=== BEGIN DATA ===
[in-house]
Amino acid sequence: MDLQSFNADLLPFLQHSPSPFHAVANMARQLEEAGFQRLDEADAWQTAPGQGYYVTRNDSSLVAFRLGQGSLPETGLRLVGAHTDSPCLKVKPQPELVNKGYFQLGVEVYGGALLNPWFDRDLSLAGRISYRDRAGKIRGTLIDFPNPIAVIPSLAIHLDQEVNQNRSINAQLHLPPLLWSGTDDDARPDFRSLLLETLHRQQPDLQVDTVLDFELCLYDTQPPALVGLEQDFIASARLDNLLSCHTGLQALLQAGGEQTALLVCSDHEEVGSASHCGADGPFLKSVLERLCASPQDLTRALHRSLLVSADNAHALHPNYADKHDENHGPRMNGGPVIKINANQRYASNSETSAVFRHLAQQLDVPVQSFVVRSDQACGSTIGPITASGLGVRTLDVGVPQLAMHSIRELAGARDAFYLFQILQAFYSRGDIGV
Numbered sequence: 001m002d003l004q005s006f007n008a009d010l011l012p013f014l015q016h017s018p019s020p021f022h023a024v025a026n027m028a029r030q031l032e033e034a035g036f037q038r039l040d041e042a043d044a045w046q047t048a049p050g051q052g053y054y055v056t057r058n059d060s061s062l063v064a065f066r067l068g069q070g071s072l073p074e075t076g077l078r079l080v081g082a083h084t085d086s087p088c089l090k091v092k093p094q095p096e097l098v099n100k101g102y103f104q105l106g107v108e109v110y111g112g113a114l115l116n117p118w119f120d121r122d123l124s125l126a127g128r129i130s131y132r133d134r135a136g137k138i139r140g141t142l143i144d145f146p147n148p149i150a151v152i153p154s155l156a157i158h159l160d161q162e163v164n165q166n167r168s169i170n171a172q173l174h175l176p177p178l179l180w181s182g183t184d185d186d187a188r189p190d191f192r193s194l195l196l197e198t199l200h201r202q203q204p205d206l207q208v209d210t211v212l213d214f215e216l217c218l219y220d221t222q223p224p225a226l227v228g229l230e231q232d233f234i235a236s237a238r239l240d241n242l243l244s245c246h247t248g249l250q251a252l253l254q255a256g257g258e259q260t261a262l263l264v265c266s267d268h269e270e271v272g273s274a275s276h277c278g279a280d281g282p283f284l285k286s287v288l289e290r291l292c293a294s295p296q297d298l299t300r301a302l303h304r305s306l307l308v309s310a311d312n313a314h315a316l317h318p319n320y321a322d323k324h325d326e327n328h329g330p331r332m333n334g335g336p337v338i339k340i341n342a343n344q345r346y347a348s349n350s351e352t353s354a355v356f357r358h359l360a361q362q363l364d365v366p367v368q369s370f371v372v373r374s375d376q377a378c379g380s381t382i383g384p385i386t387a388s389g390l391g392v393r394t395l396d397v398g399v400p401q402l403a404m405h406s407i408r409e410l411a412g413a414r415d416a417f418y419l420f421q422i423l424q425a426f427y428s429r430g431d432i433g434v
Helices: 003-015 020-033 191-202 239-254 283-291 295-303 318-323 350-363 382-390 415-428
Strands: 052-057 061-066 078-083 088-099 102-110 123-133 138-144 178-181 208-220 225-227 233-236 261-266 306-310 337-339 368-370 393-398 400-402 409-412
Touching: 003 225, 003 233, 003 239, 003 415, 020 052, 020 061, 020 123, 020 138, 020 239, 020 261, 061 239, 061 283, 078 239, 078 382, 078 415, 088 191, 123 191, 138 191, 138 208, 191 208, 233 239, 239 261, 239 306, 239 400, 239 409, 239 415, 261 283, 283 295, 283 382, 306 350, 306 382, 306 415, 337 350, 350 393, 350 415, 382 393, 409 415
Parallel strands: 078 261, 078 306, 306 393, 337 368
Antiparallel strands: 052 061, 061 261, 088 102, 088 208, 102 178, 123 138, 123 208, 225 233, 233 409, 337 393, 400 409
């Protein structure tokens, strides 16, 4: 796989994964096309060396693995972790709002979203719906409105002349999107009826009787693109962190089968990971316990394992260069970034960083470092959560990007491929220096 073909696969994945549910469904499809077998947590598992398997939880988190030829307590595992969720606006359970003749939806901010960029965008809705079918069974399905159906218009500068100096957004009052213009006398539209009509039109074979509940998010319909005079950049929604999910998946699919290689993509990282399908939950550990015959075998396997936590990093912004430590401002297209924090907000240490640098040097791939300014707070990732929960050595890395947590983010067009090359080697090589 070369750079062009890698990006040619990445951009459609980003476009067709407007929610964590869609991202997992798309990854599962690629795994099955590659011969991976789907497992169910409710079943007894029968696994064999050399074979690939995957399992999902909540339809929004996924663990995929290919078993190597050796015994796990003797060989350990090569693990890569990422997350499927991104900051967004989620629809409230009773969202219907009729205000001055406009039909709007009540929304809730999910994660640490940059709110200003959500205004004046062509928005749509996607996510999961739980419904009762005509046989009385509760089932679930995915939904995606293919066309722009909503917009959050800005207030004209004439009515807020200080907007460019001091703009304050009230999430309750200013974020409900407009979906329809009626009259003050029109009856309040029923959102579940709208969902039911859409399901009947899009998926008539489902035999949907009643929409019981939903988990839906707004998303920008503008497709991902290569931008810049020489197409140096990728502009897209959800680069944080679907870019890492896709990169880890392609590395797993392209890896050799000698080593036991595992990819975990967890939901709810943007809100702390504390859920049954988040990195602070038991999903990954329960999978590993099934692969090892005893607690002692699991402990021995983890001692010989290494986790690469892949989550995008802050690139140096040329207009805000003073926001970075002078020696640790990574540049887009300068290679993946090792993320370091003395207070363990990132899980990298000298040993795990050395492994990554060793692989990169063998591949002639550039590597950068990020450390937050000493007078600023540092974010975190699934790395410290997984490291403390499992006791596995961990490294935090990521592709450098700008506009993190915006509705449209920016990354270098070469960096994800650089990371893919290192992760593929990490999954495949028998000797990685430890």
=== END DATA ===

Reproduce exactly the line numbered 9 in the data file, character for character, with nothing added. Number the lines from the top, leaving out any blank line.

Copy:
């Protein structure tokens, strides 16, 4: 796989994964096309060396693995972790709002979203719906409105002349999107009826009787693109962190089968990971316990394992260069970034960083470092959560990007491929220096 073909696969994945549910469904499809077998947590598992398997939880988190030829307590595992969720606006359970003749939806901010960029965008809705079918069974399905159906218009500068100096957004009052213009006398539209009509039109074979509940998010319909005079950049929604999910998946699919290689993509990282399908939950550990015959075998396997936590990093912004430590401002297209924090907000240490640098040097791939300014707070990732929960050595890395947590983010067009090359080697090589 070369750079062009890698990006040619990445951009459609980003476009067709407007929610964590869609991202997992798309990854599962690629795994099955590659011969991976789907497992169910409710079943007894029968696994064999050399074979690939995957399992999902909540339809929004996924663990995929290919078993190597050796015994796990003797060989350990090569693990890569990422997350499927991104900051967004989620629809409230009773969202219907009729205000001055406009039909709007009540929304809730999910994660640490940059709110200003959500205004004046062509928005749509996607996510999961739980419904009762005509046989009385509760089932679930995915939904995606293919066309722009909503917009959050800005207030004209004439009515807020200080907007460019001091703009304050009230999430309750200013974020409900407009979906329809009626009259003050029109009856309040029923959102579940709208969902039911859409399901009947899009998926008539489902035999949907009643929409019981939903988990839906707004998303920008503008497709991902290569931008810049020489197409140096990728502009897209959800680069944080679907870019890492896709990169880890392609590395797993392209890896050799000698080593036991595992990819975990967890939901709810943007809100702390504390859920049954988040990195602070038991999903990954329960999978590993099934692969090892005893607690002692699991402990021995983890001692010989290494986790690469892949989550995008802050690139140096040329207009805000003073926001970075002078020696640790990574540049887009300068290679993946090792993320370091003395207070363990990132899980990298000298040993795990050395492994990554060793692989990169063998591949002639550039590597950068990020450390937050000493007078600023540092974010975190699934790395410290997984490291403390499992006791596995961990490294935090990521592709450098700008506009993190915006509705449209920016990354270098070469960096994800650089990371893919290192992760593929990490999954495949028998000797990685430890």